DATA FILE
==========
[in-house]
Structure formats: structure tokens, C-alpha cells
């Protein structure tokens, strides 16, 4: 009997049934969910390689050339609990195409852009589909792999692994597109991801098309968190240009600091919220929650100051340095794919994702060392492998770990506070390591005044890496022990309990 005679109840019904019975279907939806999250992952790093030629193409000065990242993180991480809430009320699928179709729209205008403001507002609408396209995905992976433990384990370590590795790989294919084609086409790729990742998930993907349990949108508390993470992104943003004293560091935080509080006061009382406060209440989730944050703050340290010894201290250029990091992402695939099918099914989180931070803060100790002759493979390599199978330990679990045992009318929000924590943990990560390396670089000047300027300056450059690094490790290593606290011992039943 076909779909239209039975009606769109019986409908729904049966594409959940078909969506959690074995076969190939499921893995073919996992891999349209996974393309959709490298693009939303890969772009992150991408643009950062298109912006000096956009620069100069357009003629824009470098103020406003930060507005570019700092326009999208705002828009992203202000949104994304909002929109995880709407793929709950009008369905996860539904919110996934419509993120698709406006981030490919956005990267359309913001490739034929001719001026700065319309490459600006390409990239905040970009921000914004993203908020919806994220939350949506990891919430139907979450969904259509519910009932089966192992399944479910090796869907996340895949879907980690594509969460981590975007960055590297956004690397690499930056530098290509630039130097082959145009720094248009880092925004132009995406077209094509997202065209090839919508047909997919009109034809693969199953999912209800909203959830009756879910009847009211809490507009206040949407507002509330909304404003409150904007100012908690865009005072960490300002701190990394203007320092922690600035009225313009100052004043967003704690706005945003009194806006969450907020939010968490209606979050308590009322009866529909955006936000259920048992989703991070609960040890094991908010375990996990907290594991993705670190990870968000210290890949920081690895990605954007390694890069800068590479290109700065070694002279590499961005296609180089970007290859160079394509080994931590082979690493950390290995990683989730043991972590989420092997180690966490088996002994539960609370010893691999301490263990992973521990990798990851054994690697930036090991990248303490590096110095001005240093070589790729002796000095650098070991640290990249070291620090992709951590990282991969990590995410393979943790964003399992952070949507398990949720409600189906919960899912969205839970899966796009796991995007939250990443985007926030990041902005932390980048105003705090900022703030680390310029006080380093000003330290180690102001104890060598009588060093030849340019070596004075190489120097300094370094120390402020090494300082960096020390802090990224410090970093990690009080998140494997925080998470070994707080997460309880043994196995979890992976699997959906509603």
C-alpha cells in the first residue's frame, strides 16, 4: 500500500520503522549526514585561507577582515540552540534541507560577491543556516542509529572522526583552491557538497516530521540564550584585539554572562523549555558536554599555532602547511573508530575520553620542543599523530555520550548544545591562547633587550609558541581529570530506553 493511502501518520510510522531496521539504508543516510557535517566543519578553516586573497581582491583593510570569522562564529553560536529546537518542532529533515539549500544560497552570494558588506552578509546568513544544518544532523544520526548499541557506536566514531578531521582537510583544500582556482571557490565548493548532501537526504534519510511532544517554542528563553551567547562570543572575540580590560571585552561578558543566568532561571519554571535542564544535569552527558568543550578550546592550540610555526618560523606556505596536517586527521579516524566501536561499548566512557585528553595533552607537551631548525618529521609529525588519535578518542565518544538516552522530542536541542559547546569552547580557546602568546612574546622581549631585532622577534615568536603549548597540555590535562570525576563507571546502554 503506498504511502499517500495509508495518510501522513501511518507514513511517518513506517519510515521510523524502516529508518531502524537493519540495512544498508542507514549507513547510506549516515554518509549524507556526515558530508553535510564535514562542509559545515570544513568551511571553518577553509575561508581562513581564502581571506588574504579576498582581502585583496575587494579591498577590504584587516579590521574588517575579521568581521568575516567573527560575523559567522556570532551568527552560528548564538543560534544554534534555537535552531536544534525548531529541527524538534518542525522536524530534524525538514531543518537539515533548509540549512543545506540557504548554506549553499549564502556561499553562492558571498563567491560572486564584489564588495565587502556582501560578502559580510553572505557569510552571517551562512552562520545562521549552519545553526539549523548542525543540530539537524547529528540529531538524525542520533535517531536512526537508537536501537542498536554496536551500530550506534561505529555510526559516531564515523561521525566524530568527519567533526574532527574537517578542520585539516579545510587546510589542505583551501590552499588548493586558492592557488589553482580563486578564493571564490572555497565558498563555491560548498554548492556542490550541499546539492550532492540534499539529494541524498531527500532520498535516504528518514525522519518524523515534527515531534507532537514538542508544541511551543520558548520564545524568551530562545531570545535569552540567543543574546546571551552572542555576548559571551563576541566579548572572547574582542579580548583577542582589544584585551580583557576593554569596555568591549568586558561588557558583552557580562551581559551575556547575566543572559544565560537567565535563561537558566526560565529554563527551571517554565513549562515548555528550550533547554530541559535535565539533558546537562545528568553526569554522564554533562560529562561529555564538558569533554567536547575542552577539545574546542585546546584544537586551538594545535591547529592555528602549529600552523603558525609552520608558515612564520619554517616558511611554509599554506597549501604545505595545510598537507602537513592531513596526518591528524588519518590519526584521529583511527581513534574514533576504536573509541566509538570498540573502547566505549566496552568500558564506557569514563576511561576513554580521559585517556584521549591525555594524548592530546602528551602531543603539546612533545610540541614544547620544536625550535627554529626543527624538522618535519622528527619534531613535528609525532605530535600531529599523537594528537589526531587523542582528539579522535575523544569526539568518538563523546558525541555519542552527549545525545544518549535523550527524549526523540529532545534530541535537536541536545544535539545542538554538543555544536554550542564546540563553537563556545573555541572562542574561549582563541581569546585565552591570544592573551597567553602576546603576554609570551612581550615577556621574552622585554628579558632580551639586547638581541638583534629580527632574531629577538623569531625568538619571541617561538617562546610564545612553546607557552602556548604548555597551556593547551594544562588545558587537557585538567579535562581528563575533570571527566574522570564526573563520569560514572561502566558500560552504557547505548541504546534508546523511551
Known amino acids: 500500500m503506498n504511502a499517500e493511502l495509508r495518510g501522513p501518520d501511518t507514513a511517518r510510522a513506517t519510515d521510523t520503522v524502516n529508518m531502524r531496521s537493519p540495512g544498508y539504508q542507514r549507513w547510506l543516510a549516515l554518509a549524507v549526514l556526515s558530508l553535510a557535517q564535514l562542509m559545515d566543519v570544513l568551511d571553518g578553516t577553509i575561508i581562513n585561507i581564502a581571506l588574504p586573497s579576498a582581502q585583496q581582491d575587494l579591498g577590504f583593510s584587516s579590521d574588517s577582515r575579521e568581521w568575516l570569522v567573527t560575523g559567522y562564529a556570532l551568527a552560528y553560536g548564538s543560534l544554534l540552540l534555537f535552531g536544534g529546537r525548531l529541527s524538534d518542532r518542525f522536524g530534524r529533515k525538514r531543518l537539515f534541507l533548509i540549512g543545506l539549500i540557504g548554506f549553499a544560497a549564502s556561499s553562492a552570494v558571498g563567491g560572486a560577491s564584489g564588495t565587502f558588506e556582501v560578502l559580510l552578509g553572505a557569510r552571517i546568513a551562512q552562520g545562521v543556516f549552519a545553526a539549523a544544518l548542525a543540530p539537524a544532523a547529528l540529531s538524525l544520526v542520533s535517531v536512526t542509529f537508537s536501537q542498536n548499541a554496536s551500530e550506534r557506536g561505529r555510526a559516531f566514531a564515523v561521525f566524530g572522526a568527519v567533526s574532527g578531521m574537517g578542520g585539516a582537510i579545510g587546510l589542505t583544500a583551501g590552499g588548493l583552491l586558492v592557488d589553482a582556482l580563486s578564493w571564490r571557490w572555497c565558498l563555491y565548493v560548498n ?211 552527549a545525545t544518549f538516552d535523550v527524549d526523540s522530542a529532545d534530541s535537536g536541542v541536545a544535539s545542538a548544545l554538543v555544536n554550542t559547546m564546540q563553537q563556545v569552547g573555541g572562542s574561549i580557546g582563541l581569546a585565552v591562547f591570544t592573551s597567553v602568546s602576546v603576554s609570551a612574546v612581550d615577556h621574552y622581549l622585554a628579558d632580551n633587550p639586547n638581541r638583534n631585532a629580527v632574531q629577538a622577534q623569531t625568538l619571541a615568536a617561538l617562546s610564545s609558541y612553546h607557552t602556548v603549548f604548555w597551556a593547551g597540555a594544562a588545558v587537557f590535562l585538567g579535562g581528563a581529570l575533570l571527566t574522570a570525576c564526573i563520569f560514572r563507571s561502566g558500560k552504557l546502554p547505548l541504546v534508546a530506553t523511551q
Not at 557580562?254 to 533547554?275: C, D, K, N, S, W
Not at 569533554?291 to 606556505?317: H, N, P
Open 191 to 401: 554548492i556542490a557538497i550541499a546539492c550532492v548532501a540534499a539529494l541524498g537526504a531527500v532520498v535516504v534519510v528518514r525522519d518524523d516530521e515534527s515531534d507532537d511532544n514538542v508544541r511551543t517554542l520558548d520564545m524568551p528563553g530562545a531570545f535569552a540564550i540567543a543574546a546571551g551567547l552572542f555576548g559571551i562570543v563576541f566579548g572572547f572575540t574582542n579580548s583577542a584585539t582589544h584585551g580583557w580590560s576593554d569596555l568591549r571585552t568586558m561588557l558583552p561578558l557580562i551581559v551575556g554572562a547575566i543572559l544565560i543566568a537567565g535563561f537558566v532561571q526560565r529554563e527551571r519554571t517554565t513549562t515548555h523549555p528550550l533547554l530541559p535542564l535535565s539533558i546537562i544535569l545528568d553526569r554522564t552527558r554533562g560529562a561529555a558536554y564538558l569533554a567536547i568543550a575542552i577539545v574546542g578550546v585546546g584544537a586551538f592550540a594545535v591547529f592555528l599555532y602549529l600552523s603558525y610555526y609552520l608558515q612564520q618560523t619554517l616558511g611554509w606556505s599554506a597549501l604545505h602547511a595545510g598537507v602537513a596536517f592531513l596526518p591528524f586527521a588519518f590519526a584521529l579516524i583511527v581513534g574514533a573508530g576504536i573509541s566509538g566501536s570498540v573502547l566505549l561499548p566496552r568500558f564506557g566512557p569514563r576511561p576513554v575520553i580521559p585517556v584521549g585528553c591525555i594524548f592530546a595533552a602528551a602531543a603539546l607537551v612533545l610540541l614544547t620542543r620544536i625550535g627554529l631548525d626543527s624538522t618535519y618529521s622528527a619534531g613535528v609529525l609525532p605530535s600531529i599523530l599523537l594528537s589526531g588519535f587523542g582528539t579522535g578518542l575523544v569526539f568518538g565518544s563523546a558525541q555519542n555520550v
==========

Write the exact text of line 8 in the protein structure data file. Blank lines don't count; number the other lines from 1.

Open 191 to 401: 554548492i556542490a557538497i550541499a546539492c550532492v548532501a540534499a539529494l541524498g537526504a531527500v532520498v535516504v534519510v528518514r525522519d518524523d516530521e515534527s515531534d507532537d511532544n514538542v508544541r511551543t517554542l520558548d520564545m524568551p528563553g530562545a531570545f535569552a540564550i540567543a543574546a546571551g551567547l552572542f555576548g559571551i562570543v563576541f566579548g572572547f572575540t574582542n579580548s583577542a584585539t582589544h584585551g580583557w580590560s576593554d569596555l568591549r571585552t568586558m561588557l558583552p561578558l557580562i551581559v551575556g554572562a547575566i543572559l544565560i543566568a537567565g535563561f537558566v532561571q526560565r529554563e527551571r519554571t517554565t513549562t515548555h523549555p528550550l533547554l530541559p535542564l535535565s539533558i546537562i544535569l545528568d553526569r554522564t552527558r554533562g560529562a561529555a558536554y564538558l569533554a567536547i568543550a575542552i577539545v574546542g578550546v585546546g584544537a586551538f592550540a594545535v591547529f592555528l599555532y602549529l600552523s603558525y610555526y609552520l608558515q612564520q618560523t619554517l616558511g611554509w606556505s599554506a597549501l604545505h602547511a595545510g598537507v602537513a596536517f592531513l596526518p591528524f586527521a588519518f590519526a584521529l579516524i583511527v581513534g574514533a573508530g576504536i573509541s566509538g566501536s570498540v573502547l566505549l561499548p566496552r568500558f564506557g566512557p569514563r576511561p576513554v575520553i580521559p585517556v584521549g585528553c591525555i594524548f592530546a595533552a602528551a602531543a603539546l607537551v612533545l610540541l614544547t620542543r620544536i625550535g627554529l631548525d626543527s624538522t618535519y618529521s622528527a619534531g613535528v609529525l609525532p605530535s600531529i599523530l599523537l594528537s589526531g588519535f587523542g582528539t579522535g578518542l575523544v569526539f568518538g565518544s563523546a558525541q555519542n555520550v